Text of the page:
What if you could double your returns on a 5% increase in stock price with no extra work? Sounds good right? That is the sales pitch you often hear from some stock brokers when they try to convince the average investor to buy stocks using margin – or borrowed money to purchase investments. When things go well, margin has the wonderful impact of multiplying your gains sometimes to the tune of doubling your returns. However, what brokerage houses don’t tell you is that when things go bad they also can double your losses and take you to the dark side.
Take a look at this chart that was published in an April edition of the Investor’s Business Digest (Insert aff link). In this chart, the first column highlights various returns an investor could see on a stock holding. The second column shows what your return would be if you do not use margin and use only the money you have to buy the stock. The third column shows what your return is if you use margin to buy that stock.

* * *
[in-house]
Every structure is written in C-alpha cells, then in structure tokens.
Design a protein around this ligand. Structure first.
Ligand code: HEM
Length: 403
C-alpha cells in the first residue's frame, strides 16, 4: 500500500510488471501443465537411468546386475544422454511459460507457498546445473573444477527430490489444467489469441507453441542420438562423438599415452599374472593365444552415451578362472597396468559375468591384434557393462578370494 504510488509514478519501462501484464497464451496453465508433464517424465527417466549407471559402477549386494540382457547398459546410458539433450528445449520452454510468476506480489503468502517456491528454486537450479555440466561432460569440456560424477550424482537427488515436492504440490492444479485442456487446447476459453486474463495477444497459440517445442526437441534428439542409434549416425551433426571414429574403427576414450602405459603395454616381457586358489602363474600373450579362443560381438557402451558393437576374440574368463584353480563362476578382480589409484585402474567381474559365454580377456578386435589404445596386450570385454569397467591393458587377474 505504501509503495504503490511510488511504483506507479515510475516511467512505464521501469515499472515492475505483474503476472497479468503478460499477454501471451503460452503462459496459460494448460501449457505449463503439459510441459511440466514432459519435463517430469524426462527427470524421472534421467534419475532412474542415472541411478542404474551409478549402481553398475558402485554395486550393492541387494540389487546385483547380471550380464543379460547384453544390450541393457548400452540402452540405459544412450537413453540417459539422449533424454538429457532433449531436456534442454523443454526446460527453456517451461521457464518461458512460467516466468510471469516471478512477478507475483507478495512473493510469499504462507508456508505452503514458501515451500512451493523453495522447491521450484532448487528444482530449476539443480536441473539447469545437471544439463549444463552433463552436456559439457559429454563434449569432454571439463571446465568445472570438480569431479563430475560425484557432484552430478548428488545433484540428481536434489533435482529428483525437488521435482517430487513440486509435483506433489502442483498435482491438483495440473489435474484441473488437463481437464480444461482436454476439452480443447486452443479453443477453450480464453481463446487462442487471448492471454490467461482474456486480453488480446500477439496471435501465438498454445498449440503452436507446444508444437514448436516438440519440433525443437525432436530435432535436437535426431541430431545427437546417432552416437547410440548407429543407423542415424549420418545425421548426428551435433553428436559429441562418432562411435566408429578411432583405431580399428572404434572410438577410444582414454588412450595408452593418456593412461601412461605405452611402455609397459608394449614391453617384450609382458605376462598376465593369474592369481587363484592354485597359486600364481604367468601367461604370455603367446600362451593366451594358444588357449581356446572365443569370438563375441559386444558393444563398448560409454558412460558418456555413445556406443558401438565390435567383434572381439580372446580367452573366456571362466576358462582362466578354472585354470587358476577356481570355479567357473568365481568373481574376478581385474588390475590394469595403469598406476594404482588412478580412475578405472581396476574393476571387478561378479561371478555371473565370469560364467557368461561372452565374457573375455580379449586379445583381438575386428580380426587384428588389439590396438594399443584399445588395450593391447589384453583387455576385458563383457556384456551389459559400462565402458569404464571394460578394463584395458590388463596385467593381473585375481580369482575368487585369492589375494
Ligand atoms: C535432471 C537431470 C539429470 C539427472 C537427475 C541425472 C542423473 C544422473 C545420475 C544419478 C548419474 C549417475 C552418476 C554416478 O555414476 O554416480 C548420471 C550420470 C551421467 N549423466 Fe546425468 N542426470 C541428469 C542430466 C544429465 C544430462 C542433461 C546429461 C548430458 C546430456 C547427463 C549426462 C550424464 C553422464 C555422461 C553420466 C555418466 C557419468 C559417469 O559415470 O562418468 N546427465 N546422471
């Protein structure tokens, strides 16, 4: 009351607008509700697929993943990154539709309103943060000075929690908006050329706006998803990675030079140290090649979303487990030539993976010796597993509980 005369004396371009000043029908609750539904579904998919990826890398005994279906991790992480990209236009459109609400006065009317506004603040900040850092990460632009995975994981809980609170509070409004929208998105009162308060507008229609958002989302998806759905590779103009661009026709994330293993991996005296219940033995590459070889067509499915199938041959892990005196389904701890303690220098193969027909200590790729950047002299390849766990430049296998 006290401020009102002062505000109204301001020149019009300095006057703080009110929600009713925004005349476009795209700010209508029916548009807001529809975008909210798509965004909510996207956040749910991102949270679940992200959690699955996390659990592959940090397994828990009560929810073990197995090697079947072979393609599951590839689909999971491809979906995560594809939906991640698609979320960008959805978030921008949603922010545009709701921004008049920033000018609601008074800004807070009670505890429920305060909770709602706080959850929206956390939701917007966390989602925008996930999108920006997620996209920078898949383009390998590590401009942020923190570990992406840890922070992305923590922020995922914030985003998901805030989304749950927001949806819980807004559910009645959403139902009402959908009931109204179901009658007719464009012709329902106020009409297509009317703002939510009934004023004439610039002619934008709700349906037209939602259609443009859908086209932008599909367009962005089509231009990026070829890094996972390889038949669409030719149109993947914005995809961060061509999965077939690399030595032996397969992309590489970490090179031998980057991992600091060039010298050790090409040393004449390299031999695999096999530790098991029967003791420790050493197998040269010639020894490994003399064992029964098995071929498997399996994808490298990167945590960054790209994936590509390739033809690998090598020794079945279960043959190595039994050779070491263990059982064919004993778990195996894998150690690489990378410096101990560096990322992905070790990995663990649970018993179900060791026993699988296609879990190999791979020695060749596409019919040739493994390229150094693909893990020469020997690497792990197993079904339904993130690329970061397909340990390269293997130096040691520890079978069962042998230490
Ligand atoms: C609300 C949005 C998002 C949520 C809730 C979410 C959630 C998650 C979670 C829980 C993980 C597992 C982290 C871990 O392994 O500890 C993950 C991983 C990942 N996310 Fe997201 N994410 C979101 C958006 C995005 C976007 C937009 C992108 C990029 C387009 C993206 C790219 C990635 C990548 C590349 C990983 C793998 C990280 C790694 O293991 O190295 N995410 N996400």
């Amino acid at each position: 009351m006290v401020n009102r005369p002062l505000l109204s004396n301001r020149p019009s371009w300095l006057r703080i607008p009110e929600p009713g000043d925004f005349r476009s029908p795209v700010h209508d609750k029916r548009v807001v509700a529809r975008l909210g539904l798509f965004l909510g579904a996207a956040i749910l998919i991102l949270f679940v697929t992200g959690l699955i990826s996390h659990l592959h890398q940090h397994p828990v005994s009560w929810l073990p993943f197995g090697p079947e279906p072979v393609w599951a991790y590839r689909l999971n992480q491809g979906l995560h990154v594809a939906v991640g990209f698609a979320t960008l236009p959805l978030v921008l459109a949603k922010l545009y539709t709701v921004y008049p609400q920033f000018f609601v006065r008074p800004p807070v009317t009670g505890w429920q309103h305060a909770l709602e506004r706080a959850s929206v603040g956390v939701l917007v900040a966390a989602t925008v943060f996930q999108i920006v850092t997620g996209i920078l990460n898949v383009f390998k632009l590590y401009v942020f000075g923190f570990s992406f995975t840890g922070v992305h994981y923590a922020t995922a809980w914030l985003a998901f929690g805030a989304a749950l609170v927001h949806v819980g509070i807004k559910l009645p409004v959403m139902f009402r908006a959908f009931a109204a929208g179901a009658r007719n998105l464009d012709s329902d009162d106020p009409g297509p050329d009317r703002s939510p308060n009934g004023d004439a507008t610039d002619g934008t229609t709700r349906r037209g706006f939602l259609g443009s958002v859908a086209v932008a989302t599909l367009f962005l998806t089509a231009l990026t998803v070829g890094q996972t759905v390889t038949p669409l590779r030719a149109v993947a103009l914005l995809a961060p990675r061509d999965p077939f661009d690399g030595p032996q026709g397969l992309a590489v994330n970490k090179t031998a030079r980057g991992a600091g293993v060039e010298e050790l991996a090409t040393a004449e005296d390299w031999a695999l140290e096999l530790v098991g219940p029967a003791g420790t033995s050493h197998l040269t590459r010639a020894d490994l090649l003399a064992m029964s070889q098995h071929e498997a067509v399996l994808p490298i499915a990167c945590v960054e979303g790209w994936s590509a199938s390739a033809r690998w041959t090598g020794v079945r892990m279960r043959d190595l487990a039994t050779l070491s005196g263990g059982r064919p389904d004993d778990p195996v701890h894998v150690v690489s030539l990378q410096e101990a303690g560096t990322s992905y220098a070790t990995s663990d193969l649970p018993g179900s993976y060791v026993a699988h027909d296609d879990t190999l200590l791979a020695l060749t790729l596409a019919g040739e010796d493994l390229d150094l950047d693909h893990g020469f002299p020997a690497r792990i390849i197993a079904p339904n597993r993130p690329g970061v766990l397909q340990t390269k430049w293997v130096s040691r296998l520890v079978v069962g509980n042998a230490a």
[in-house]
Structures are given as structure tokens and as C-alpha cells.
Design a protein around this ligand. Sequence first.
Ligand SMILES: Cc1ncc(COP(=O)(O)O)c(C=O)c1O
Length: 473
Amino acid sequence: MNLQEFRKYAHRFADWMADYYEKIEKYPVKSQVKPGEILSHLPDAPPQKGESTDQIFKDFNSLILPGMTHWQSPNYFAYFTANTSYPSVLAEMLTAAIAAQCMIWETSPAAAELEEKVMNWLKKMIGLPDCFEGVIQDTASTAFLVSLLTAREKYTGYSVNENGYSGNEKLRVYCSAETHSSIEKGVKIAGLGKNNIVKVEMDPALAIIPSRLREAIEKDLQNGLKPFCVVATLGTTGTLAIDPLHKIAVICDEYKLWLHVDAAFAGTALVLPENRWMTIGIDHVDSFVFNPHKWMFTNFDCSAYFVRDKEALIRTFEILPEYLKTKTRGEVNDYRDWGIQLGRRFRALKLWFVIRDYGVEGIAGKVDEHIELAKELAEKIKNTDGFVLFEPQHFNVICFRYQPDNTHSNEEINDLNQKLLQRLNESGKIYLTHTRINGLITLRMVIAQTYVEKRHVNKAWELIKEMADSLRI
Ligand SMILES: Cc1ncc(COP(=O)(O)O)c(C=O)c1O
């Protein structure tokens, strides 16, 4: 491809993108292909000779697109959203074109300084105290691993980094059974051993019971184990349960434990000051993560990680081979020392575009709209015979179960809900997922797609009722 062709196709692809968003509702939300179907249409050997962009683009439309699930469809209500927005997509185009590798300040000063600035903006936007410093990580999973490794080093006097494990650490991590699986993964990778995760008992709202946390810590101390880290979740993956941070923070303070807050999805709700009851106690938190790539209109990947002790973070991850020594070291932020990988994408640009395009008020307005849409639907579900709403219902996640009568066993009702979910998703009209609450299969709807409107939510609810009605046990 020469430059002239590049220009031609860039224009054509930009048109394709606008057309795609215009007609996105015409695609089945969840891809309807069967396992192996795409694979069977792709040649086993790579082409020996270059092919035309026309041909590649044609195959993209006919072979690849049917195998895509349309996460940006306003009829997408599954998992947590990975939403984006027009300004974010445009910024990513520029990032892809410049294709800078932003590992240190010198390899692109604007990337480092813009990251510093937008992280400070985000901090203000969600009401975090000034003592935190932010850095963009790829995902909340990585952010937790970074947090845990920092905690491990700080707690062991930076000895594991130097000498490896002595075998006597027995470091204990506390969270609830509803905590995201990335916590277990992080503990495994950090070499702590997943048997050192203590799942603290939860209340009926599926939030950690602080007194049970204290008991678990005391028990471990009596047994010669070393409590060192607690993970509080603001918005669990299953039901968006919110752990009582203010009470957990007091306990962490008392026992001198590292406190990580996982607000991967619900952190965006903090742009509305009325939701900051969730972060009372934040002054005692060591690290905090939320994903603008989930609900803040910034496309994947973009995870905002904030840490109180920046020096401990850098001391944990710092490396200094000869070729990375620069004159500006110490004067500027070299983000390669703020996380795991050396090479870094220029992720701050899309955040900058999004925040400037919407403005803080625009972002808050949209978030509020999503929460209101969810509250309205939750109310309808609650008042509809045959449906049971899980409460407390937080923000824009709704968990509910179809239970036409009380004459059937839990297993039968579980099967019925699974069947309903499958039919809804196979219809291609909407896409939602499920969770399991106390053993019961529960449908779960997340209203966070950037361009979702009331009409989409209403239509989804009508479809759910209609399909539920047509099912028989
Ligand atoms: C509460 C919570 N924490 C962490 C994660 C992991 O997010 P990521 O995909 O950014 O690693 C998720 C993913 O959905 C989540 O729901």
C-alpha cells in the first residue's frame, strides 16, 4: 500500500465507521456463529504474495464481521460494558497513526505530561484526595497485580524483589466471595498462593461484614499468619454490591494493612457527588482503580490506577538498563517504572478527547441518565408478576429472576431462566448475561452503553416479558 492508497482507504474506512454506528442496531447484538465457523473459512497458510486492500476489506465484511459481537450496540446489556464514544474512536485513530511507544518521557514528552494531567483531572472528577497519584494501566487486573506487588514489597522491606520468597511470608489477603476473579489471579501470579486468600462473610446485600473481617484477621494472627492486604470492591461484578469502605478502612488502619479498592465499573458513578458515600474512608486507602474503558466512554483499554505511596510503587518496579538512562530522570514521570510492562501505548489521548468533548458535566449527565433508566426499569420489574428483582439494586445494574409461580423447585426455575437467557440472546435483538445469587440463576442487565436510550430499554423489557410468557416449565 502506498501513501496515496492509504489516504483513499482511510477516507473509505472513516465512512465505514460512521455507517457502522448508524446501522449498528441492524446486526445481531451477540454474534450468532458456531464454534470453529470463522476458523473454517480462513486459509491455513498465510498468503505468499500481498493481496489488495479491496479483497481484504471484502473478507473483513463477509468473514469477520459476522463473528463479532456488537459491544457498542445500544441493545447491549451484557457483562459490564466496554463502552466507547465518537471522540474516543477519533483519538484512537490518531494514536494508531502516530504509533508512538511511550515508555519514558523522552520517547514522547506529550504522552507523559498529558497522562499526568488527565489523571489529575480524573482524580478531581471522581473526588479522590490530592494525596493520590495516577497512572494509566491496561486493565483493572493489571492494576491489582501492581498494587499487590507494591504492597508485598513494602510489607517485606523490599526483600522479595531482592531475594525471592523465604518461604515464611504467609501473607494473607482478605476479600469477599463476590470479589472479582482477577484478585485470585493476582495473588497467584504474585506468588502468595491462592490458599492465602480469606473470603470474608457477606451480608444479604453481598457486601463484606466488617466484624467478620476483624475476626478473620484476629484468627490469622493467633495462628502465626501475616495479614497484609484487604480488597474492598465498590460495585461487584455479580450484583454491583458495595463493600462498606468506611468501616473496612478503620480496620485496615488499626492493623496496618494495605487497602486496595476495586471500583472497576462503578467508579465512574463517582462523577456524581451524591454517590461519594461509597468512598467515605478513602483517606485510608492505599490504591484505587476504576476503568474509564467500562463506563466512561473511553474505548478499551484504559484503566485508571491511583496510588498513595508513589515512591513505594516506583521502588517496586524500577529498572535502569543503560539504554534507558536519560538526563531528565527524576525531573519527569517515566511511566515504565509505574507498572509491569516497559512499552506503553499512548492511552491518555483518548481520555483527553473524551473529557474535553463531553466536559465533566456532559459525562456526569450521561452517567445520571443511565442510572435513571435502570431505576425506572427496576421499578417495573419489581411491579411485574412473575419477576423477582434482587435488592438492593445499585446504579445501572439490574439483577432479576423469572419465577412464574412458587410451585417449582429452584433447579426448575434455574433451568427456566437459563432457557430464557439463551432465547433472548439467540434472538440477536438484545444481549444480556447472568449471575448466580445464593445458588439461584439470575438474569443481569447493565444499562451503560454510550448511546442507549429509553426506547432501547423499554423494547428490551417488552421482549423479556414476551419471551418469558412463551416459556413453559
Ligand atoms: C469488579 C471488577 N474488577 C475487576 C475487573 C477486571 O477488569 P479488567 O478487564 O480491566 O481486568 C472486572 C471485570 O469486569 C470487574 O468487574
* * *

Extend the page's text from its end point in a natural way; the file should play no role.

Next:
Everything looks awesome when the shares price rises. However, have a look at what happens when the stock you hold starts to turn to the dark side. If your stock tanks by -15% and you are loaded up on margin, then your actual return on the stock will be -30%. Essentially you have lost that 30% in stock value but you also have to pay back that money you borrowed to buy the stock with. When one of my holdings drops by 30% I feel dumb enough as it is (thanks Citigroup) – I don’t need to feel like a full-on dumba$$ by doubling that loss because essentially I made a bet on the stock price going up.
As long term dividend investors, margin is probably something that I would suggest we stay away from. Perhaps it has a place, but I honestly can’t think of one. Let me know if you have used margin and how it worked out for you using the comments section.